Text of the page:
After the officials went away Friday, the repairs continued at Sneaky Feet.
Up a ladder, a crew screwed a new security camera into place to survey the Highlandtown sports store, which reopened Aug. 1, more than three months after looters struck the shop during April's riots.
Mayor Stephanie Rawlings-Blake visited the shop Friday to highlight its story as a testament to her administration's support for business and a sign of the city's resilience. She also urged people to continue to support city stores as part of a "buy local" campaign that includes promotions for local restaurants and attractions.
"We want the focus of all our residents to be on supporting local business," she said. "When we do that, we can all be a part of the healing of Baltimore."
About 400 businesses were damaged in the riots, according to the Baltimore Development Corp, which has distributed more than $450,000 in grants and loans to at least 62 stores as part of the recovery effort.
Most stores have reopened, but some continue to report struggles. Rawlings-Blake said her administration wants to help with their recovery.
Last week, she unveiled a planning effort focused on revitalizing five commercial corridors, including Greenmount Avenue. The buy-local campaign comes in advance of the state's tax-free back-to-school week, when qualifying apparel and footwear purchases under $100 are exempt from state sales tax, which starts Sunday.
"We are looking to do everything we can to support small-business growth," she said, "because we know when we support small business, small business supports our economy and puts people to work."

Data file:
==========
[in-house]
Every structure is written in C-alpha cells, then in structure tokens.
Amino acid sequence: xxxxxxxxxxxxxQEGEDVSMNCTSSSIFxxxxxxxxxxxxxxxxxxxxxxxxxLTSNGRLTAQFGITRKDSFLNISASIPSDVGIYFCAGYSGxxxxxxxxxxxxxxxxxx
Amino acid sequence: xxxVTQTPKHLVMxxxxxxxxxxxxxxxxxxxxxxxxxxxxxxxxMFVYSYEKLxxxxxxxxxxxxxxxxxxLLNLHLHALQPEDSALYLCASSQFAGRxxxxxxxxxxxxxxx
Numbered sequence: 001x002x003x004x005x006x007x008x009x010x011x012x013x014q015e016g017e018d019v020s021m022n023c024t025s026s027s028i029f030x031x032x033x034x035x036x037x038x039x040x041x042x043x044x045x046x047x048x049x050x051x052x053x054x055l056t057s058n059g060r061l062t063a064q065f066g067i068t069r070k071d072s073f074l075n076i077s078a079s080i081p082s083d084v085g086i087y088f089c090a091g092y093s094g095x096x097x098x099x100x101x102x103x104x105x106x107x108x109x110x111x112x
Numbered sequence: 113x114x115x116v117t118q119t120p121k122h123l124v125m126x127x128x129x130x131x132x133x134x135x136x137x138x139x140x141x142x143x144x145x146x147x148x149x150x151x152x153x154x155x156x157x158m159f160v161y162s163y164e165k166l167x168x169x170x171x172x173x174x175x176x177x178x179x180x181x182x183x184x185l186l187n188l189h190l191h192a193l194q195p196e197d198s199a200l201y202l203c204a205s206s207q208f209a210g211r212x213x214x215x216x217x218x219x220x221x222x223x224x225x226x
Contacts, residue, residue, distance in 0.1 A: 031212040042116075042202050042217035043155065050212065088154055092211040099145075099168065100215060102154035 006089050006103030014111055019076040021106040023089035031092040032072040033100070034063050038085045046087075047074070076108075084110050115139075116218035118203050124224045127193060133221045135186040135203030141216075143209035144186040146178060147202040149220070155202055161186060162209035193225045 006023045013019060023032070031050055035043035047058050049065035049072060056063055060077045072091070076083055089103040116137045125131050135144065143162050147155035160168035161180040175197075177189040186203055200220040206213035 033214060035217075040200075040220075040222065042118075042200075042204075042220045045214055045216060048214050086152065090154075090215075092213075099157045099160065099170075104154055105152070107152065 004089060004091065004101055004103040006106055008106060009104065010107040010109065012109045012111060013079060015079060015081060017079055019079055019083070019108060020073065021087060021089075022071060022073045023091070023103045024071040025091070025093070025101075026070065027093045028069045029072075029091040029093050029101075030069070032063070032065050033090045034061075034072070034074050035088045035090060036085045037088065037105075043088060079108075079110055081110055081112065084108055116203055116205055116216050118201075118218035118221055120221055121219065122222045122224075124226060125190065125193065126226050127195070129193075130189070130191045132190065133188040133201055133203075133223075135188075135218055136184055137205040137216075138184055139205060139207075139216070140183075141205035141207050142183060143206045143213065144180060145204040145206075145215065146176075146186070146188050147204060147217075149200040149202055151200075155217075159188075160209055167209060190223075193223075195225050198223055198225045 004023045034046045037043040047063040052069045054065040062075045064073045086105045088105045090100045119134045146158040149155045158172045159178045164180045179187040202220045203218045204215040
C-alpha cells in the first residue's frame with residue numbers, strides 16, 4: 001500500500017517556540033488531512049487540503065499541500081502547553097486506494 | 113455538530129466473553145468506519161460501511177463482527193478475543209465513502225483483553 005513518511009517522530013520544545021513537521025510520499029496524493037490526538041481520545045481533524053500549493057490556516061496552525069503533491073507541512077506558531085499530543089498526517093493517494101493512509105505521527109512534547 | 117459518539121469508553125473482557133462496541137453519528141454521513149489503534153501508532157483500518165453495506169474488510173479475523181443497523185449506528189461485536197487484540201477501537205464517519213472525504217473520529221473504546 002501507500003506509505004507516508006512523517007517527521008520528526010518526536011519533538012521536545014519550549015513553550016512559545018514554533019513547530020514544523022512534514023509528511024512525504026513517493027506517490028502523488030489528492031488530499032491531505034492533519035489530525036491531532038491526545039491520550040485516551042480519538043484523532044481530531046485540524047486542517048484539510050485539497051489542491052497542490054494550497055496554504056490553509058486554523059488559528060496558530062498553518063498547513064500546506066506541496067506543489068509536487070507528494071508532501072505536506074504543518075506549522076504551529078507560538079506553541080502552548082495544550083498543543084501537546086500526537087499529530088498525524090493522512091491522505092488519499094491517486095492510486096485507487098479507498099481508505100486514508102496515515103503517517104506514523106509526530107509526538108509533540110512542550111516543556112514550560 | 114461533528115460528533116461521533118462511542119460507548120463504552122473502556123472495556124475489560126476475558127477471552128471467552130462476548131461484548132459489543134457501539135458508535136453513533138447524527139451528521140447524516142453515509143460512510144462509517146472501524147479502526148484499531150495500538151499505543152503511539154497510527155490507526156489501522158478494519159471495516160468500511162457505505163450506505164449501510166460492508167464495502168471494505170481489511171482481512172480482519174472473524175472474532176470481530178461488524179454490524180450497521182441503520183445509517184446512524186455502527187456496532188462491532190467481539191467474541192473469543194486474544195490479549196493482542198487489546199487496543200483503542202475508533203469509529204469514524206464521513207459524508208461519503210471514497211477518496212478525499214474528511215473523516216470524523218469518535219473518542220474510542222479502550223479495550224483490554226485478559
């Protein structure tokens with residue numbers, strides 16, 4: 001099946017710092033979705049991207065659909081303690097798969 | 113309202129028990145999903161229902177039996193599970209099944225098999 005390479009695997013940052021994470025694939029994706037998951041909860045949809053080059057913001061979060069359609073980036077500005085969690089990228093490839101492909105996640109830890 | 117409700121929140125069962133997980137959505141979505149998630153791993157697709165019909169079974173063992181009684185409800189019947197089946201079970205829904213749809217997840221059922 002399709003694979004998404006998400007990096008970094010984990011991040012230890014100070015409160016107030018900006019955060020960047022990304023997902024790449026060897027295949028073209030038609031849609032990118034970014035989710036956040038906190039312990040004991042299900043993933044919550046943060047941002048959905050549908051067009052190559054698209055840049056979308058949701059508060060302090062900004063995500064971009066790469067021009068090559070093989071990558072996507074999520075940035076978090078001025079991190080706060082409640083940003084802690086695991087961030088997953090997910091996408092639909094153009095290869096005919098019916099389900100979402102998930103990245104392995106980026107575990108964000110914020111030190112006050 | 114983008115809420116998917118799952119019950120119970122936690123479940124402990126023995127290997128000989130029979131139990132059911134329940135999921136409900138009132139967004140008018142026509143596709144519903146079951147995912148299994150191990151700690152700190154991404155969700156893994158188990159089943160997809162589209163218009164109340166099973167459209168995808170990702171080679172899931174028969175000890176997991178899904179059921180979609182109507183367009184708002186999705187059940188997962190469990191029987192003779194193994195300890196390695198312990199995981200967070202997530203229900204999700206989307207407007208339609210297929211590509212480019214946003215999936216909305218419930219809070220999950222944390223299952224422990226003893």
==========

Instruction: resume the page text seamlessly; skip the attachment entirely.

It's too early to say with certainty how the riots have affected the city's economy, said Richard Clinch, a Baltimore-based research economist at the Battelle Memorial Institute. Clinch said he expects a short-term slowdown but doesn't believe the civil unrest will disrupt progress brought by national economic recovery since the recession, as well as a return of jobs and people to urban centers.
"Baltimore City has benefited from good trends," he said. "I don't think that this is going to derail those good trends unless [the unrest] happens again."
While Clinch said monthly jobs estimates can be unreliable, the Labor Department's survey of businesses found payroll counts in Baltimore declined by about 3,600 between May and June. The state lost jobs at a similar rate, however, and the city's employment remained higher than in June of last year.
Tourism has also taken a hit. The number of hotel rooms filled in the Baltimore metro area fell nearly 3 percent in May compared to the year prior — the first year-over-year decline in 18 months, according to data from Smith Travel Research. In June, demand at the 266 hotels fell less than 1 percent.
In Baltimore City, hotel occupancy is down an estimated 3 percent to 5 percent and attractions have likely suffered a bit more because of a smaller number of day-trippers, said Tom Noonan, president of Visit Baltimore, the city's tourism agency.
"It's going to take some time to recover," he said. "But we've seen that gap narrow already, so hopefully that trend will continue."
For the owners of Sneaky Feet, recovery was never a sure thing. Looters took or smashed nearly everything in the shop: sneakers, computers, the cash register — some $150,000 in damage, said owner Mario Diaz, 50.
But State Farm insurance kicked in. The BDC and state provided a combined $70,000 in loans, and the Highlandtown Main Street program helped, as well. The store has a new door, some new windows and a new layout — more stock is held in a storage room instead of out on the floor, in an effort to increase security.
Since reopening Aug. 1, sales have been slow and Diaz said he remains worried about the possibility of another riot. But he and his son said they are optimistic that marketing efforts — like a party organized for Saturday — will help bring shoppers back.